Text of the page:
If someone had done a supposed Gnostic-New Ager scissor-and-paste job on Titus 2:11-15, it would have come out as brief as it would be unrecognizable: For the cosmic knowledge has appeared, bringing spiritual enlightenment to a few initiates.
On to chapter 3.
Titus 3:1 The TR adds the word και/kai between “principalities and powers”. NA-28 does not have that word. However, in English one translates it exactly the same, whether the word kai is present or not. No difference.
In 3:2 the TR has πραοτητα/praotēta, the NA-28 πραυτητα/prautēta. They sure look similar! That’s because these are merely two spellings of the same word for “gentleness”. The difference is no more significant than that between the American “Savior” and the British “Saviour”, see below in 3:4 – it’s the same word and it means “gentleness”.
3:3-4 are identical in both editions. That is, no textual conspirator thought to remove the anti-Gnostic and anti-New Age idea “after that the kindness and love of God our Saviour toward man appeared”!
3:5 has a simple change of word order. And because Greek does not place as much stress on word order as does the English, the meaning comes out the same as “works of righteousness which we have done.” Later in 3:5 there is a difference in spelling for “mercy” – the Greek case is different – but the meaning is exactly the same, as shown by a comparison of the KJV with the ESV – “according to his mercy he saved us” compared with “he saved us…according to his own mercy”.
3:6 is identical in TR and NA-28, the verse dealing with the salvation that God poured out “in Jesus Christ our Savior.” What? The way of salvation is through Christ? No New Age agenda here!
3:7 has the same exact message, only that the form of the aorist subjunctive verb γινομαι/ginomai is in the middle voice in the TR and the passive in the NA-28 – which two forms translate exactly the same – “we should be made” (KJV).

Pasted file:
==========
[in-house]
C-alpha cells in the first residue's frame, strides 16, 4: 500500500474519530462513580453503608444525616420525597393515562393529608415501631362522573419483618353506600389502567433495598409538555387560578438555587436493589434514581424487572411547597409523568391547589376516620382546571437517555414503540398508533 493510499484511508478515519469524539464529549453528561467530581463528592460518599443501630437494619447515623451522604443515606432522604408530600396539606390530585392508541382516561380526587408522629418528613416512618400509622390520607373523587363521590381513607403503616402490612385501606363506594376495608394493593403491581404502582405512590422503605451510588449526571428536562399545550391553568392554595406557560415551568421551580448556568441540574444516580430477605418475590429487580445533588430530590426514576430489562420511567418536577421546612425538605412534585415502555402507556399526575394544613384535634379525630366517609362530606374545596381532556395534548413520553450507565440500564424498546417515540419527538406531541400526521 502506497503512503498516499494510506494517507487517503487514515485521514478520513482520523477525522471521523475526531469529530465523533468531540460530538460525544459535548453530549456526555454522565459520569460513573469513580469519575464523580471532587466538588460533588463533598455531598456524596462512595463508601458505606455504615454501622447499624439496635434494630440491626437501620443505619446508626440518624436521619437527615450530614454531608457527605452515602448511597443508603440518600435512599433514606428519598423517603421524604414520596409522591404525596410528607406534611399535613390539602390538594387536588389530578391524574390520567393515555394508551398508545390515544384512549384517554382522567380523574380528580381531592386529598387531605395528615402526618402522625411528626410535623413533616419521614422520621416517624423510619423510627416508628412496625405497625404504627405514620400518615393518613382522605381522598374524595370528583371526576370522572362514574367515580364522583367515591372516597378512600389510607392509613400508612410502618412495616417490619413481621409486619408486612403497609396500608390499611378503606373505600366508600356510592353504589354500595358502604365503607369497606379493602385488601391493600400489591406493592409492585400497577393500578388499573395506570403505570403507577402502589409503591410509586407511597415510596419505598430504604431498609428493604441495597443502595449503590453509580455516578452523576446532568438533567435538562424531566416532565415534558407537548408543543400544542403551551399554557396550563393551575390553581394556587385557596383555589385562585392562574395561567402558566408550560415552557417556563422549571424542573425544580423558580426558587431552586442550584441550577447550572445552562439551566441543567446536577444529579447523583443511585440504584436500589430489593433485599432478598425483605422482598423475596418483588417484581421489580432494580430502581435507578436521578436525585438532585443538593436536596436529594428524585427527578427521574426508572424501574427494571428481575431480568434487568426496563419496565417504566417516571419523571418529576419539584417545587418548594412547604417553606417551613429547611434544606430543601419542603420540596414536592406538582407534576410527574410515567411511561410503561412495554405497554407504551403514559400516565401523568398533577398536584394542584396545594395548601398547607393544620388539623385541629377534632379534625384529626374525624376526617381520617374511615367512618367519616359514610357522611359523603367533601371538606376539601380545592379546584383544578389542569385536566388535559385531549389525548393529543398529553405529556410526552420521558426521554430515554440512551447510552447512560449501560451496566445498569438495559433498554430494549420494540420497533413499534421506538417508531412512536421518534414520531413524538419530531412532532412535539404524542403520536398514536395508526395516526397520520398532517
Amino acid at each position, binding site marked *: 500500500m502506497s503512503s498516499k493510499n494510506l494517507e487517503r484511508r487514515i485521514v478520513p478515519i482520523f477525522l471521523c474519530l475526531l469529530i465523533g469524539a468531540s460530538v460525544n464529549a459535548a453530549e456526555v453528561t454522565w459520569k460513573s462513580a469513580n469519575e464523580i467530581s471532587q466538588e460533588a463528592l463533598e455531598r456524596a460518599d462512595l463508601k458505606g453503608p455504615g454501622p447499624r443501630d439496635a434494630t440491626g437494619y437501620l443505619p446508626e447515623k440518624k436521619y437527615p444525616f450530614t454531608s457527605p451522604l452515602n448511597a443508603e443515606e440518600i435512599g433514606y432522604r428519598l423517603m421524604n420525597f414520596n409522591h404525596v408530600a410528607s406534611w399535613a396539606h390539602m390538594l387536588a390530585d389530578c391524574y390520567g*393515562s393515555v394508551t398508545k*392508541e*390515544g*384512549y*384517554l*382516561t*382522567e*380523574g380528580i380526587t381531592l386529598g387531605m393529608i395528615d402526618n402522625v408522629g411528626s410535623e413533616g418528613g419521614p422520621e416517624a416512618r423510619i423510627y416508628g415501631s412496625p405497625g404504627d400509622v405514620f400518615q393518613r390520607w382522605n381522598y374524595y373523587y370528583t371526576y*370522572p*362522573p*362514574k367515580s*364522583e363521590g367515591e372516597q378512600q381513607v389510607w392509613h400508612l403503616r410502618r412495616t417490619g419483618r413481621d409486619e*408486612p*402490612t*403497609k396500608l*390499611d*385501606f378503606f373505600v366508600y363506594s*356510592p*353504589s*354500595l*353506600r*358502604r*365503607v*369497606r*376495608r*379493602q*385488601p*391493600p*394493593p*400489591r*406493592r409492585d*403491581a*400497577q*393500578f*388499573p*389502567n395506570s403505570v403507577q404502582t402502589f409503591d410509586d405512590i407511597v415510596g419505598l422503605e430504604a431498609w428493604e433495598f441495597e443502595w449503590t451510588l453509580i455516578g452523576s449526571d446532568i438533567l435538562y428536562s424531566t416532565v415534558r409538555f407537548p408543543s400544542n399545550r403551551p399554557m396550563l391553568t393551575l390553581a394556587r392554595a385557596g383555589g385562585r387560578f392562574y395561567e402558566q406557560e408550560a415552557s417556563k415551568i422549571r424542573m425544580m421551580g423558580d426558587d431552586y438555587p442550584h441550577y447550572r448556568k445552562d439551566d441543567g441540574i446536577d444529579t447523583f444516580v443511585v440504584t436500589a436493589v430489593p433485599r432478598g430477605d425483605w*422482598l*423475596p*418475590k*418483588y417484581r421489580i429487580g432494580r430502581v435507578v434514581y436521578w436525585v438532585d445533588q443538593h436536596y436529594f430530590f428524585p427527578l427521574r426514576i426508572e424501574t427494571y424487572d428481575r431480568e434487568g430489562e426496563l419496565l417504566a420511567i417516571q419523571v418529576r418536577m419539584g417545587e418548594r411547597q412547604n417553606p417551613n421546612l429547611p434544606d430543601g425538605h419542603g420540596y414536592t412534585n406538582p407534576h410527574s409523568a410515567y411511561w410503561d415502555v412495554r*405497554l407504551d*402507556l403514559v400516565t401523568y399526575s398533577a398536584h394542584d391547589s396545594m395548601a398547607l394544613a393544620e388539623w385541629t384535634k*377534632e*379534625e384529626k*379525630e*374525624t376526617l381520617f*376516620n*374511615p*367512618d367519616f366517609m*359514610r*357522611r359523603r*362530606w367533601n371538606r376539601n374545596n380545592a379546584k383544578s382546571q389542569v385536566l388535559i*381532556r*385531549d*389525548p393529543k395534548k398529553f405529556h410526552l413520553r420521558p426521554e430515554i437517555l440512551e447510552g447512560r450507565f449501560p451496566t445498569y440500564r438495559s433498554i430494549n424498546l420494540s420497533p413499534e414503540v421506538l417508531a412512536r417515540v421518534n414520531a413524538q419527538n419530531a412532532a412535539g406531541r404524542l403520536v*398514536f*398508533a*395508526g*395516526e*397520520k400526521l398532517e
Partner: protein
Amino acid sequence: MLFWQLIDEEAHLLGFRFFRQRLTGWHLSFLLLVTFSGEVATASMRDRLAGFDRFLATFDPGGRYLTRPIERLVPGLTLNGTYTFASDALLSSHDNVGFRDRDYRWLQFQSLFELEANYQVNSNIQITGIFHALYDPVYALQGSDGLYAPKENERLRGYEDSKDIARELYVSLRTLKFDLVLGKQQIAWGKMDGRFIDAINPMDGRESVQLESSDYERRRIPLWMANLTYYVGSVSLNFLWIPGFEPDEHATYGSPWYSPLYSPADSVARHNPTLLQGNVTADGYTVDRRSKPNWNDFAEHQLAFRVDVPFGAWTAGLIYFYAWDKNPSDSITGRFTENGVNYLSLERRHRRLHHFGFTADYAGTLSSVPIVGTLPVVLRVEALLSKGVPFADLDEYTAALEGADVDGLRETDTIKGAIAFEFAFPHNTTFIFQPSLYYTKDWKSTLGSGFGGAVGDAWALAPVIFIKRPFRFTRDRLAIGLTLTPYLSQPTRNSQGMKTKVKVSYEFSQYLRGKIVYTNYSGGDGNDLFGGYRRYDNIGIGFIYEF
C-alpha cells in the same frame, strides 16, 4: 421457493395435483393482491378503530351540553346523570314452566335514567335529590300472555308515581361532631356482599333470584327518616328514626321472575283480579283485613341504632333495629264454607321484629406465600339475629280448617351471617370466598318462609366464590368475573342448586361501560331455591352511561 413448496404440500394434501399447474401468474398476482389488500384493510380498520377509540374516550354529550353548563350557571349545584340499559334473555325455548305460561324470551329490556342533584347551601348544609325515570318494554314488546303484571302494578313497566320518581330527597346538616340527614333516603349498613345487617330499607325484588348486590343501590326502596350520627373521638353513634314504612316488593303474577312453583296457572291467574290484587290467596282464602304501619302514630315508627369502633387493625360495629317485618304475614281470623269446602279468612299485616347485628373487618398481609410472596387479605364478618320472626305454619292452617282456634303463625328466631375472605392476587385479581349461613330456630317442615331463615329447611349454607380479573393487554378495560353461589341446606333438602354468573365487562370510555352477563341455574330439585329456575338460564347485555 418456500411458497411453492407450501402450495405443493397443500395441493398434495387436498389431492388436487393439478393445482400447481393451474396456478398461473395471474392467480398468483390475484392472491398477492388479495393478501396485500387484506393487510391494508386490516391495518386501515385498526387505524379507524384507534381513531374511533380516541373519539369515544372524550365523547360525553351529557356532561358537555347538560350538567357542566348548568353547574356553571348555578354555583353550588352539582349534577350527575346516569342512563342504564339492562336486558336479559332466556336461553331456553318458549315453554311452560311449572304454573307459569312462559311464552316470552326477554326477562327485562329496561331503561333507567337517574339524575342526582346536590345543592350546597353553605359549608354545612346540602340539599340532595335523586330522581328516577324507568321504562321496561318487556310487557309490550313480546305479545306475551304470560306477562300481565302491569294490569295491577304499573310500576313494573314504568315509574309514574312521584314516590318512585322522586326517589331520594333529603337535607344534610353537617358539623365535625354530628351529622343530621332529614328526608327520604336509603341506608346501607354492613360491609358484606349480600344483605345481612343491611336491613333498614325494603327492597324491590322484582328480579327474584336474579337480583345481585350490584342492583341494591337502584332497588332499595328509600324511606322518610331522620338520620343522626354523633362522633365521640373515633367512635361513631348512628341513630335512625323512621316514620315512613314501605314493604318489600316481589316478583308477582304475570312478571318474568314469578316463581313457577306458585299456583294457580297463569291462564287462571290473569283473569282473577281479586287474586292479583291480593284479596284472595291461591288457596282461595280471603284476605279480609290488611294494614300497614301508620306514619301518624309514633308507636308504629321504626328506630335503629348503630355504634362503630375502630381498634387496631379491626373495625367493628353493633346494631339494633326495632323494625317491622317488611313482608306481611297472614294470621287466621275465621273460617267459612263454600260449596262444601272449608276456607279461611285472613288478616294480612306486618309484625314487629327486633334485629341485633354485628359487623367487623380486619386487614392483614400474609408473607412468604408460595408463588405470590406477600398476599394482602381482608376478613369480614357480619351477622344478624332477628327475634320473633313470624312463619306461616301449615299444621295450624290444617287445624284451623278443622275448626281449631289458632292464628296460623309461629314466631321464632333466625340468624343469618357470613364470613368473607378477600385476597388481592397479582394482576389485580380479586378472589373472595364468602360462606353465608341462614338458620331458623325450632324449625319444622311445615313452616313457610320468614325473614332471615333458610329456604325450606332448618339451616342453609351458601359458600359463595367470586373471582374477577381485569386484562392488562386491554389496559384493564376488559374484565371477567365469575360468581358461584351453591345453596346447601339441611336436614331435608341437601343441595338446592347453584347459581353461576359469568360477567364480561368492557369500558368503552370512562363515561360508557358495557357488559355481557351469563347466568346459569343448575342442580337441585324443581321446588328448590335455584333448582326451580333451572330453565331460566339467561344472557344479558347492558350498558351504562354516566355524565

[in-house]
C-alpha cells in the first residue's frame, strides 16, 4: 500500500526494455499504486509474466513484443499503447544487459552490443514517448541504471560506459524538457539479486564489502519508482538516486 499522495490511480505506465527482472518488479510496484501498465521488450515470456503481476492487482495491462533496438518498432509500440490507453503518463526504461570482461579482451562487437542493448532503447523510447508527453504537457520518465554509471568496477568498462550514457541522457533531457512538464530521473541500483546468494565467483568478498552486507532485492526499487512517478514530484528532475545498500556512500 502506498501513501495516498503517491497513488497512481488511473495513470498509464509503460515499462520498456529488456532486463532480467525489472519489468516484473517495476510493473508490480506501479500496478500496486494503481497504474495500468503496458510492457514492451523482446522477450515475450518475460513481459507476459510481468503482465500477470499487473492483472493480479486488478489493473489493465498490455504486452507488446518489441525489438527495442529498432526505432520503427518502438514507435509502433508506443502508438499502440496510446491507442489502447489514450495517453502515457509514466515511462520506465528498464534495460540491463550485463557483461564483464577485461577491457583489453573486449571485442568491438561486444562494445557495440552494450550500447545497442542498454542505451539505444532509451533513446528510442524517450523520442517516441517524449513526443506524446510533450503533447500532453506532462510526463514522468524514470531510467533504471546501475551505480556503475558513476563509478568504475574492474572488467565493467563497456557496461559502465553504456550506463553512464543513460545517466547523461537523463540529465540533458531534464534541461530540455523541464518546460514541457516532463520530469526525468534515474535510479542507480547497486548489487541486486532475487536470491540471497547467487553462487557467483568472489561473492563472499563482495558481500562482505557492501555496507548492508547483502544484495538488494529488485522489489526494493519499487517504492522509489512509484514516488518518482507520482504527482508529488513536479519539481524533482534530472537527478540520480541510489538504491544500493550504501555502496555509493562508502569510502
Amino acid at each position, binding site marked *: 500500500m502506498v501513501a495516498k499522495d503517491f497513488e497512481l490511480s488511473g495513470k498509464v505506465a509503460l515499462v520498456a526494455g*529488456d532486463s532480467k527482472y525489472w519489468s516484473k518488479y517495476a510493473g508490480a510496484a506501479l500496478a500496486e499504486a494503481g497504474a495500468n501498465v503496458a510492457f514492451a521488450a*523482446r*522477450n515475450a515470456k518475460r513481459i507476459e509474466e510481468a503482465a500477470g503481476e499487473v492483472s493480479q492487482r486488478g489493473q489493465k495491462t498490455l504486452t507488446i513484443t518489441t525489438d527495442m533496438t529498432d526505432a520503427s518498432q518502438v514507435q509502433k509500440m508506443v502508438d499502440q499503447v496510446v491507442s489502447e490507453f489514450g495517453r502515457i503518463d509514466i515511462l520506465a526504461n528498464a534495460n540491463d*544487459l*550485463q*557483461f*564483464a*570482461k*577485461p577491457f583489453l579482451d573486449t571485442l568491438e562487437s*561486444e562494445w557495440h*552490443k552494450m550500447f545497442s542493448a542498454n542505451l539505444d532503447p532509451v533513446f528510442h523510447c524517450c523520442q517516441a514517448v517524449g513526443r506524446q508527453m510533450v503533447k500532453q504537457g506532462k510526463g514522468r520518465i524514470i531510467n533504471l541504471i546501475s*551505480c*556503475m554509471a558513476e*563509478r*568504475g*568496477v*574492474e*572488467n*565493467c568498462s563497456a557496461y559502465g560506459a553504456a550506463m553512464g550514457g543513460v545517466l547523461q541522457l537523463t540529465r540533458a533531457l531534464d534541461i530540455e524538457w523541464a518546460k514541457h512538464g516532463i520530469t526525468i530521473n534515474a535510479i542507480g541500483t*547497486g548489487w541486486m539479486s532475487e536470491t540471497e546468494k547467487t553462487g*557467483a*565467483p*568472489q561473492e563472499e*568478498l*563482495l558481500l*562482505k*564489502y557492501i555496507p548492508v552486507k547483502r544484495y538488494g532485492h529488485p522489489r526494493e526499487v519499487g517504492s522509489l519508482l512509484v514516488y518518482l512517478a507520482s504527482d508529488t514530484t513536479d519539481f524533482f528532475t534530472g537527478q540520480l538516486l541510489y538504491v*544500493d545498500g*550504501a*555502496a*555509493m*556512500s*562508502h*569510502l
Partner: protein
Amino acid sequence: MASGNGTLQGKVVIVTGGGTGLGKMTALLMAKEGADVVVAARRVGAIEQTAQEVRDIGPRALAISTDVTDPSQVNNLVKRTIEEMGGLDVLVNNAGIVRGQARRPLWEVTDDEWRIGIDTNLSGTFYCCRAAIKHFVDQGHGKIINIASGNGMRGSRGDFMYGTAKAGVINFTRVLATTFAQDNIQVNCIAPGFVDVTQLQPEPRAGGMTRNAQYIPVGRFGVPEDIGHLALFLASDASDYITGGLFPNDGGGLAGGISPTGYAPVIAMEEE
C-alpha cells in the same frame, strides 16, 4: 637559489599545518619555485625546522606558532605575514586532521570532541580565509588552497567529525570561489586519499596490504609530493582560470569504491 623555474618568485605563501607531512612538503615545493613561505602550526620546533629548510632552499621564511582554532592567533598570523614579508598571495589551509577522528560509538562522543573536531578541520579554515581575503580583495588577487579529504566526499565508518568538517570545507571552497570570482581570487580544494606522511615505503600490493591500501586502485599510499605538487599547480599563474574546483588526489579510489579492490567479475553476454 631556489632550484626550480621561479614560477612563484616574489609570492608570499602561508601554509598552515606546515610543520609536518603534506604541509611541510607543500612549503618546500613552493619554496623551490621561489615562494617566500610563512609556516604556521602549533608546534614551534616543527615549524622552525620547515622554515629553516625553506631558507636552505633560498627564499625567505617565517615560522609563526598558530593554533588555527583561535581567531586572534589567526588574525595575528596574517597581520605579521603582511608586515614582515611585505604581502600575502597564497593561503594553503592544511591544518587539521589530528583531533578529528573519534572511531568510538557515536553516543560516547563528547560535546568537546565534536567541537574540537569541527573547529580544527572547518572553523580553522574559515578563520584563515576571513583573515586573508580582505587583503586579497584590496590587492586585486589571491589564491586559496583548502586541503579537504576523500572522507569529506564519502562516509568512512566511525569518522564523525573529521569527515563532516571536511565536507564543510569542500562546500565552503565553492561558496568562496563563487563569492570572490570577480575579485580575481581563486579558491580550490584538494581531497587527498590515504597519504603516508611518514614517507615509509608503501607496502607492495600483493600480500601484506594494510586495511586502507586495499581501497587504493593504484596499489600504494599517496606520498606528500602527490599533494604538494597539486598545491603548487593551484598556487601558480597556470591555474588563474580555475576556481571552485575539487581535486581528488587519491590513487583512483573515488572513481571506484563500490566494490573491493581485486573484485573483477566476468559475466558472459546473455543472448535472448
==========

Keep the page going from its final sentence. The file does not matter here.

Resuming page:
3:9-12 are identical in the TR and NA-28. The hypothetical destroyer of the original text dropped the ball on this, where he could have eliminated from the Epistle to Titus such warnings against false doctrine.
3:13 has the difference of a single letter ν/nu. The TR has απολλω/apollō, whereas the NA-28 has Απολλων/Apollōn – they are simply two different versions of the name Apollos, the man we know from Acts and 1 Corinthians.
3:14 is identical in TR and NA-28.
3:15 is the same in both versions, with the exception that the TR adds “Amen” to the end of the verse. This is a very typical feature of Byzantine manuscripts, since pious scribes would tend to add an Amen at the end of inspired books, in places where the apostle did not write it.
In addition to these data, many scholars believe that the Pastoral Epistles, including Titus, were written to combat at least an early form of Gnosticism. If that is the case, then how is it that supposed Gnostic Destroyers of the Text gave Titus a free pass with all its anti-Gnostic warnings?
We can get help from a classic Sherlock Holmes story: “Silver Blaze” is the mystery of a stolen racehorse. Holmes broke the mystery by pondering the implications of why the guard dog didn’t bark while the horse was being taken. He deduced that the dog must have known the thief, ergo, the owner must have stolen his own horse. This is the rule of “the dog that didn’t bark” and it can be applied quite nicely to our study of Titus: it is the case of the Gnostic/New Ager Greek New Testament Editor that didn’t do anything to further his cause; the best explanation is that such a person did not, does not exist.
Looking at the data above, let’s think through, which then is the more likely explanation?
Scenario A – that a Gnostic/Alexandrian/Illuminato/New World Order/New Ager went through Titus and plotted, Aha, I will change the words for “left behind” in 1:5 and “uncorruptness” in 2:7, move around a couple of definite articles and change word order where it makes no difference, use an alternate spelling of some words – the name of Apollos, for example – vainly remove the word “and” in 3:1, and I will cut out the “Amen” at the very end? And also remove the word “Lord” in 1:4 but leave hundreds of instances in the whole New Testament? And remove the word “mercy” in 1:4 but accidently or on purpose leave it in at 3:5? Does this bear the marks of some Master Plan to destroy Titus?
Or is the other explanation more plausible, more serious, and in line with the evidence: